It is now widely used as transparent amor, laser gain media, led phosphor etc. To make it possible, full densification must be achieved in bulk ceramics with limited scattering centers like pores, grain boundaries, secondary phases and anisotropic refractive index change in different grains. Most of the recent reports of transparent ceramic are still talking about well-studied systems like YAG, Y2O3, MgAl2O4, ALON, Al2O3 etc. using very traditional sintering methods.
Thus, research in this field needs to find new opportunities. During my doctoral studying, I find that additives manufacturing provides a lot of opportunities for us to reconsider these old material systems with more efficient way to shape transparent ceramics. So far, our group has successfully demonstrated transparent YAG and Al2O3 ceramic by material extrusion. The optical transmittance of these printed and sintered ceramics is comparative but less than some traditional approaches. However, it has some much potential in the miniaturization and customization of fabrication transparent ceramic. I believe additive manufacturing could be optimized to deliver the same grade optical ceramics compared to some tradition approaches within the next few years.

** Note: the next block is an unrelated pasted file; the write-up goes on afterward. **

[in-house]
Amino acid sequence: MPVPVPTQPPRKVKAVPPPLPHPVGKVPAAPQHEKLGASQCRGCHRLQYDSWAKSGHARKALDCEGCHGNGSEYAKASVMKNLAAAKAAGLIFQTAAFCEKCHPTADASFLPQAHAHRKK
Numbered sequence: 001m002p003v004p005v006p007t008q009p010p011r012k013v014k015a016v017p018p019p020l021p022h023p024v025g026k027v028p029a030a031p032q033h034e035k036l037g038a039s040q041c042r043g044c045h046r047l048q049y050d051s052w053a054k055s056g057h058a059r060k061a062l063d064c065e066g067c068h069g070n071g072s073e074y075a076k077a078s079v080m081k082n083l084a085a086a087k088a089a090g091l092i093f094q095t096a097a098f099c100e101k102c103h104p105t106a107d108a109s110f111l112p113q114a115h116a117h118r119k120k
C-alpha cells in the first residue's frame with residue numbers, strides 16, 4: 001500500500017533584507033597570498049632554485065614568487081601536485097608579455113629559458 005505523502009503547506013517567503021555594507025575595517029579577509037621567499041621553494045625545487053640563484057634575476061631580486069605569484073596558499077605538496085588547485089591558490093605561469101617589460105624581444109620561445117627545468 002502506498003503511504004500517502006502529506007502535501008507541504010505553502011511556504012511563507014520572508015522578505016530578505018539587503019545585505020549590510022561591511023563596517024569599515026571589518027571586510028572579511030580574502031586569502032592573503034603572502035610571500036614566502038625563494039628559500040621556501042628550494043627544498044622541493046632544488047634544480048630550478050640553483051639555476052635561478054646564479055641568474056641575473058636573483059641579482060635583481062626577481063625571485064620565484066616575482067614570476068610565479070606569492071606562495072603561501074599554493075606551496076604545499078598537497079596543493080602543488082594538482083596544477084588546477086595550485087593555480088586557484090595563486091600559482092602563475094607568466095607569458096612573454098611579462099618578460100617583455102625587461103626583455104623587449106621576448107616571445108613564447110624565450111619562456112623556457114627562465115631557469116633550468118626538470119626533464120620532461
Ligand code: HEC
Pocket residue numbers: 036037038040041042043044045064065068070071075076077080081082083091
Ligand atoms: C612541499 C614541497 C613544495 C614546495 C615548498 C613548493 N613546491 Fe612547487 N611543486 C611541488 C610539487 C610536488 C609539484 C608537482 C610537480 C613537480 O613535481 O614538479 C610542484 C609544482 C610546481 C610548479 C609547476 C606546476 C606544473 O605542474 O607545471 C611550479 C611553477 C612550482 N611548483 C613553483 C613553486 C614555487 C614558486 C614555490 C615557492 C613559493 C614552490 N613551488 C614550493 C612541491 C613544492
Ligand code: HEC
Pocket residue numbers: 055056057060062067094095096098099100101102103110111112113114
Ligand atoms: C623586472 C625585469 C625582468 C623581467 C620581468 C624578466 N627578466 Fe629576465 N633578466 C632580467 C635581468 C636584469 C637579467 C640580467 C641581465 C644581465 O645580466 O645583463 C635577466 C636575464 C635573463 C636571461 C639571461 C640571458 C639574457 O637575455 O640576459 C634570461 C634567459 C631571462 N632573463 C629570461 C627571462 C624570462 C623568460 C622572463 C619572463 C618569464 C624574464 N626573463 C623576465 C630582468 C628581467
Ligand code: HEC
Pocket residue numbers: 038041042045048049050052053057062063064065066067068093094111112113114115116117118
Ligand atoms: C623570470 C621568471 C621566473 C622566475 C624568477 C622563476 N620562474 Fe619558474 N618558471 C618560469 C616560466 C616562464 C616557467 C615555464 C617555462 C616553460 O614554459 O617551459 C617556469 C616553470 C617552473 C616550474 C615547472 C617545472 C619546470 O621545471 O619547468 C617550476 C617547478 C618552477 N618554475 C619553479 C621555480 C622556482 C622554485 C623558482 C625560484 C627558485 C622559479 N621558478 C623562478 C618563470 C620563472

Another opportunity is originated from the relatively new concept of high-entropy alloy. By introducing more elements, researchers found it is more like to from single phase solid solution inside alloy system. It was explained by the fact that addition elements could increase structural configuration entropy and serve as additional driving force to stabilize system and lead to single phase. This might be helpful in transparent ceramic because it could help eliminating secondary phases formation which can act as scattering centers and cause decrease in transmittance. The image shows our initial trial of making high entropy transparent ceramics possible. This demonstration brought complexity in the transparent ceramic’s studies.
High transparent ceramic (Lu0.2Y0.395Gd0.2Yb0.2Tm0.005)2O3 when excited by 980nm laser that exhibited blue up-conversion (left up), the appearance of transparent ceramic (left down), up-conversion mechanism (center), SEM of microstructure exposed by vibrational polishing (right). Reprinted from Scripta Materialia, 186, Zhang, G., Milisavljevic, I., Zych, E. and Wu, Y., High-entropy sesquioxide X2O3 upconversion transparent ceramics, Pages 19-23., Copyright (2020), with permission from Elsevier.
Kazuo Inamori School of Engineering
New York State College of Ceramics
2 Pine Street, Alfred, NY 14802-1296, USA